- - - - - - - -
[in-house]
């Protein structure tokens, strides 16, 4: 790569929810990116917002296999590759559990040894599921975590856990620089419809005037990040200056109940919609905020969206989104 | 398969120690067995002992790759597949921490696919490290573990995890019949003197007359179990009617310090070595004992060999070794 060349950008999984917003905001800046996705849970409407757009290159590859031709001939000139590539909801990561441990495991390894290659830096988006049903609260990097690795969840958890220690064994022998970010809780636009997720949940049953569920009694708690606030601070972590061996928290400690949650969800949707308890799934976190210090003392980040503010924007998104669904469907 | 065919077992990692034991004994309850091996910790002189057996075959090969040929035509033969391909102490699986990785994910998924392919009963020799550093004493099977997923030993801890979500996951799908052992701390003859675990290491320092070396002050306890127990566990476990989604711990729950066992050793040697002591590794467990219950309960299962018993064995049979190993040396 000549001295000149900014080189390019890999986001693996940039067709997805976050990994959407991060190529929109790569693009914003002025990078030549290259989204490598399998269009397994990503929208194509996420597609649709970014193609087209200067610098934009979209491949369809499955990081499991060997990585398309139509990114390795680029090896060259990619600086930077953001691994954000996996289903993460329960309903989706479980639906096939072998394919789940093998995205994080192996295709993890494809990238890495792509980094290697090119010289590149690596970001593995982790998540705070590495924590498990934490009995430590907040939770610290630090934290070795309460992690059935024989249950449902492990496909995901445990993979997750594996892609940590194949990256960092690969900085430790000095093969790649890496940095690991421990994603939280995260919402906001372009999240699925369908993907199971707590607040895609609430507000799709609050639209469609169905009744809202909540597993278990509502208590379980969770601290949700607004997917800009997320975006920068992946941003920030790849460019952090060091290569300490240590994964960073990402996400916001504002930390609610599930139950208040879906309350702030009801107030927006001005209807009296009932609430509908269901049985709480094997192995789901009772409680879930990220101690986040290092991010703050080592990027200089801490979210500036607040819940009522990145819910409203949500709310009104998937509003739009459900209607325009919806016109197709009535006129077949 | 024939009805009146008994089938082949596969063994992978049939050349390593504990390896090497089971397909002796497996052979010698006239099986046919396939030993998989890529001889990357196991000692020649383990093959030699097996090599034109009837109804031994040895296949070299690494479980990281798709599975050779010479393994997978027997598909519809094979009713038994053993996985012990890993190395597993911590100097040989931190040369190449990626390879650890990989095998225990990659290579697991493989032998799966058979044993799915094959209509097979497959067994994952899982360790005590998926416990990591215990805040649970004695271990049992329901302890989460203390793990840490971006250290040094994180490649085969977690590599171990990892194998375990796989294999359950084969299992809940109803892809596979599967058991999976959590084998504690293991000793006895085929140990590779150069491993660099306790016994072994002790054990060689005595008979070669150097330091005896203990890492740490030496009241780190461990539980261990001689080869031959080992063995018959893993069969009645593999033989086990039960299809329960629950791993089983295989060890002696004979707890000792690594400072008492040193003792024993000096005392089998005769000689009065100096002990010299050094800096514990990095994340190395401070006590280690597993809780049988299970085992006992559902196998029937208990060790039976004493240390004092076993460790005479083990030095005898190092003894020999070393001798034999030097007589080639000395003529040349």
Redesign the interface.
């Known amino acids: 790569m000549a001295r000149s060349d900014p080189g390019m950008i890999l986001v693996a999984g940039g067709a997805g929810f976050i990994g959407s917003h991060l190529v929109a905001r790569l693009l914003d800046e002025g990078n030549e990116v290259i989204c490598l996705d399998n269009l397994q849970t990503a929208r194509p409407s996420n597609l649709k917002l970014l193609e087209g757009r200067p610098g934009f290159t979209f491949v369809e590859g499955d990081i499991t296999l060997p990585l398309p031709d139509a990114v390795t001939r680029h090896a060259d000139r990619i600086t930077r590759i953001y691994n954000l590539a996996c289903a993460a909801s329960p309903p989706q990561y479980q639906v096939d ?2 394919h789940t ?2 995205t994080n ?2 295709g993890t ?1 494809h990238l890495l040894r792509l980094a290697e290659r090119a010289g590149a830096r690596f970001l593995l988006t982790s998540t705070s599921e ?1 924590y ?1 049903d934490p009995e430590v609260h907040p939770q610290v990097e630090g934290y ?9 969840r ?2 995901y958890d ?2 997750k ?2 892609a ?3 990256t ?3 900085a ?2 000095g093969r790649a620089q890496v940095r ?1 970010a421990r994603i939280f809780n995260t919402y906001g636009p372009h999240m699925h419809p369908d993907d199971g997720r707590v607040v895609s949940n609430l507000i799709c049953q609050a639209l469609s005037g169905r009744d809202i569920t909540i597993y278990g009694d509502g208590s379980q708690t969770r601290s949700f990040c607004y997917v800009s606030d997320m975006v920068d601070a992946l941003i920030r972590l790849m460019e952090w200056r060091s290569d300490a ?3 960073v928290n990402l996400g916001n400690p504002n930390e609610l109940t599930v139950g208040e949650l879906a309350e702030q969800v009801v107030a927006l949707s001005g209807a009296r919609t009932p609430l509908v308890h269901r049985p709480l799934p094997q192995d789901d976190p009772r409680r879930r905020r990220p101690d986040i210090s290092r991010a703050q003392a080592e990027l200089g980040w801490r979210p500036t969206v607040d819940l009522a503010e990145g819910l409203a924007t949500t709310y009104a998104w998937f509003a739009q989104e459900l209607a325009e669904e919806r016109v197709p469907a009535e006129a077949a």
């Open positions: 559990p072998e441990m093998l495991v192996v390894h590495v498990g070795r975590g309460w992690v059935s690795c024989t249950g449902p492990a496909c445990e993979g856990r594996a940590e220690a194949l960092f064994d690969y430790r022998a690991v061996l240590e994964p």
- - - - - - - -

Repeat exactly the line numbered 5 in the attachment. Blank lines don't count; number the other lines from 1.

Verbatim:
């Open positions: 559990p072998e441990m093998l495991v192996v390894h590495v498990g070795r975590g309460w992690v059935s690795c024989t249950g449902p492990a496909c445990e993979g856990r594996a940590e220690a194949l960092f064994d690969y430790r022998a690991v061996l240590e994964p």